We’re building a reference machine learning architecture: a free set of documents and scripts to combine our chosen open source tools into a reusable machine learning architecture that we can apply to most problems.
Kubeflow – a machine learning platform built on Kubernetes, and which has many of the same goals – seemed like a great fit for our project in the beginning. We tried it for several weeks, but after facing several challenges, we’ve now decided to drop it completely.
This article describes our Kubeflow experience. Our goal is to help others see – earlier than we did – that Kubeflow might not be everything it claims to be quite yet.
To be clear: Kubeflow has some shortcomings that prevented us from relying on it for this project. That said, we still respect Kubeflow’s goals, and we hope that as the project matures and addresses some of these issues, we can revisit the idea of using it in the future.
Kubeflow: The good parts
We’ll start by looking at why we were drawn to Kubeflow in the first place. All production machine learning projects consist of many components, which can be broadly divided into three categories:
- Data transformation: wrangling and cleaning the data before training;
- Model training and development: training and preparing models based on the processed data;
- Model inference: serving trained models to make predictions based on new data.
If we look at the components for machine learning projects as described by Andreessen Horowitz, Kubeflow can be used in across all three categories – at least in theory. Having one cohesive tool to perform these different tasks is definitely attractive on paper.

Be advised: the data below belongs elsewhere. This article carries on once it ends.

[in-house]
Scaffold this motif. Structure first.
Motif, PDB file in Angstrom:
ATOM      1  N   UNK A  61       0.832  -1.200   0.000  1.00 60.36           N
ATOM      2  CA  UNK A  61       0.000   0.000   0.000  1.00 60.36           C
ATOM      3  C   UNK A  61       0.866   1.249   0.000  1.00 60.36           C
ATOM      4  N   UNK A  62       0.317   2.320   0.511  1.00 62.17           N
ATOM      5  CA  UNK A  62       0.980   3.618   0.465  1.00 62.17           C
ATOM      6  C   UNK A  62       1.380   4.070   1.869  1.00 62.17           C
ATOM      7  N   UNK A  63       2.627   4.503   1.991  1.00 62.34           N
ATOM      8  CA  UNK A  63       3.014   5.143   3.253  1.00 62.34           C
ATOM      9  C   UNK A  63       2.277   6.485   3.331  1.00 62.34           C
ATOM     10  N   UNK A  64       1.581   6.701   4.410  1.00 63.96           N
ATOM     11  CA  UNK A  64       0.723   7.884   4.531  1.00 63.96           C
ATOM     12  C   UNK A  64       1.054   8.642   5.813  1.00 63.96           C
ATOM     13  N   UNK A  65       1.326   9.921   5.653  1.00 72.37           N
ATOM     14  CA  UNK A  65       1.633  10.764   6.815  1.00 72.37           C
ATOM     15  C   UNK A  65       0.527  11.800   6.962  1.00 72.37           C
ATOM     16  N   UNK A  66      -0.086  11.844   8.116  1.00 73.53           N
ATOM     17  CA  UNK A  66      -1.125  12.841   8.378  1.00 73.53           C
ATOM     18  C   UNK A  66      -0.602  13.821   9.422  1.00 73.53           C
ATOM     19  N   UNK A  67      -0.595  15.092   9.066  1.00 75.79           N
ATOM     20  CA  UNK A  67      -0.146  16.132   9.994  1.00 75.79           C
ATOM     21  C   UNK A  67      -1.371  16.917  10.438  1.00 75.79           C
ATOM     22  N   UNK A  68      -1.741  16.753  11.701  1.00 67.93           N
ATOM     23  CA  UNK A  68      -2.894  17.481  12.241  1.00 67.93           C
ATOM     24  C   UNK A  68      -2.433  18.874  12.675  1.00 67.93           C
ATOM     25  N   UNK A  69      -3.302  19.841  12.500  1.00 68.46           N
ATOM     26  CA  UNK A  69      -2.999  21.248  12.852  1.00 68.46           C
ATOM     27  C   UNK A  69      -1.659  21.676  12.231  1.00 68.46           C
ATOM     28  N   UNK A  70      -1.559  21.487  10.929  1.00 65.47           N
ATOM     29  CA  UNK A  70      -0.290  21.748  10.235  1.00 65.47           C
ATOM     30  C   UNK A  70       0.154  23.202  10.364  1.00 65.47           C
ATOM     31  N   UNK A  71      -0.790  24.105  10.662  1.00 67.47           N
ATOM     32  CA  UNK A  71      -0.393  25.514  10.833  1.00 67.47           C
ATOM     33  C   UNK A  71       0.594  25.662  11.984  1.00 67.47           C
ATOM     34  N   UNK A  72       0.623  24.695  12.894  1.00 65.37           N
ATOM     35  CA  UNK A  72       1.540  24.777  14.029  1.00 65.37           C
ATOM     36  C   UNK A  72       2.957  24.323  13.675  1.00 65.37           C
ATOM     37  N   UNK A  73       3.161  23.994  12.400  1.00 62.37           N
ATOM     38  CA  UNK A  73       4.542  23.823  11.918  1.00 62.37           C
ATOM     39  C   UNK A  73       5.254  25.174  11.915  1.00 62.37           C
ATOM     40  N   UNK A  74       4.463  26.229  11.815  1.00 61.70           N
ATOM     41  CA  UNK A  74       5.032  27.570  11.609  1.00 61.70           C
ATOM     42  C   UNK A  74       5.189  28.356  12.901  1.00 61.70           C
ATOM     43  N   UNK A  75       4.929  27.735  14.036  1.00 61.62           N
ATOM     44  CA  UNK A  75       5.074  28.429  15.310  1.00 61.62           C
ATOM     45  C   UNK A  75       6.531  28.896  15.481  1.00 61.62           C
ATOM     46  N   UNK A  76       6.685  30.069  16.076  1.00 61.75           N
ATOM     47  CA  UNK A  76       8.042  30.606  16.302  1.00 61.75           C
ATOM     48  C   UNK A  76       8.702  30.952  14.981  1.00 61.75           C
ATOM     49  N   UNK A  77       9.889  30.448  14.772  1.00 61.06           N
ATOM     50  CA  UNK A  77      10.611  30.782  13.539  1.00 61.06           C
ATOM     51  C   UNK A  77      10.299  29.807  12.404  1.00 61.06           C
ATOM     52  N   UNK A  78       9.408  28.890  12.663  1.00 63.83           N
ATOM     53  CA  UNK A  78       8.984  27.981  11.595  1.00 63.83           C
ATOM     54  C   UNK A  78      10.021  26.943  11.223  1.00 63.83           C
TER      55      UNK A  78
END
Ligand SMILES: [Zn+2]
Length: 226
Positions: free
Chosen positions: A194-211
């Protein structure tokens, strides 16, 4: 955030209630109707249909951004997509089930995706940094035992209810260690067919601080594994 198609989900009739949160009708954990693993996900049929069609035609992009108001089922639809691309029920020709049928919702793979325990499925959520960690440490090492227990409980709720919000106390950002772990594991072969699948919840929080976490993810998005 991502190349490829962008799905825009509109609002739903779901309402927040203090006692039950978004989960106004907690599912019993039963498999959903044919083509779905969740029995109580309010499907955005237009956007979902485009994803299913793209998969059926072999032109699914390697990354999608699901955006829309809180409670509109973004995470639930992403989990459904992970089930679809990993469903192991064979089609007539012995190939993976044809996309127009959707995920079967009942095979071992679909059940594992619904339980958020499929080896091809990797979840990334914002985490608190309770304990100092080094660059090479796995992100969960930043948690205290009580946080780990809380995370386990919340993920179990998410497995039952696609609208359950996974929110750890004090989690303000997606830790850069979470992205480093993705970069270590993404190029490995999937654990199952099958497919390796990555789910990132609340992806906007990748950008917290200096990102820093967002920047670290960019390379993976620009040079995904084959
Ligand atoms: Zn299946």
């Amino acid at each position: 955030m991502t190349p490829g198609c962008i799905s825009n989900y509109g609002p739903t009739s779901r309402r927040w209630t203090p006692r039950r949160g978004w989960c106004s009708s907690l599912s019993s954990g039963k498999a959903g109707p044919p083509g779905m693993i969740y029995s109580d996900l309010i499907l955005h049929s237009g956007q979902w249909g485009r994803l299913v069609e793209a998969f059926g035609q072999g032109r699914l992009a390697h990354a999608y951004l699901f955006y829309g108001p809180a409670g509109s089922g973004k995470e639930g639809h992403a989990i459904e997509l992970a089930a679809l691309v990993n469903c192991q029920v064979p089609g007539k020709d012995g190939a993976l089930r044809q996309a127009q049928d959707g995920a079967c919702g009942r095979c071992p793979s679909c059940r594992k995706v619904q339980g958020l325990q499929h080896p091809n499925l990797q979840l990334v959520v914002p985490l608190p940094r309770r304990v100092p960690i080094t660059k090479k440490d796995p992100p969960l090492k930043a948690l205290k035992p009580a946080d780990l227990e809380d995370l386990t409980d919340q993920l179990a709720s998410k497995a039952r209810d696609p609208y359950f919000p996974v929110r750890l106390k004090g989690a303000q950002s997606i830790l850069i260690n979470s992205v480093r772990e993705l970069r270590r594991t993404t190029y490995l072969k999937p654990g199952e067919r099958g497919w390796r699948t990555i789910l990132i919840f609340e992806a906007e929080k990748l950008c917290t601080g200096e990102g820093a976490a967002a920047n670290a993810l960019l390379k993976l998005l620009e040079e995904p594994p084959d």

Since we were already set on using Kubernetes and wanted to use only open source tools, Kubeflow seemed like it would be a great fit.
Unfortunately, Kubeflow turned out to be finicky to set up, unreliable, and difficult to configure. It also relied on many outdated components and libraries. Finally, a lot of the documentation was broken or out of date, and we weren’t able to integrate it nicely with AWS and GitHub without relying on some hacky workarounds.
We go into each of these issues in detail below.
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Kubeflow: The shortcomings
Problems with the initial installation
Even before we adopted Kubeflow, we already knew there’d be a steep learning curve. But we had plenty of Kubernetes experience on the team, and we figured we’d be able to get an initial installation up and running fairly quickly.
Days after our initial attempt, we were still struggling with bugs related to KFDef and Kustomize manifests. The manifests provided failed many times with no clear error messages, so we had to check every install component manually and try to figure out which ones were broken.
Our goal was to integrate Kubeflow with GitHub authentication, but the manifest provided for AWS and OpenID Connect (OIDC) also contained a bug involving the Kubeflow ingress point. We had to update the ingress manually to use the required OIDC information in order to resolve this.
Overall, while Kubeflow runs on top of Kubernetes and is meant to be cloud-agnostic, but we ran into many issues running Kubeflow on AWS. It’s likely this process would have been smoother if we’d gone with GCP instead. Because Kubeflow is built by Google, it often defaults to GCP and doesn’t play nicely with other cloud providers yet – especially when it comes to authentication and permissions management.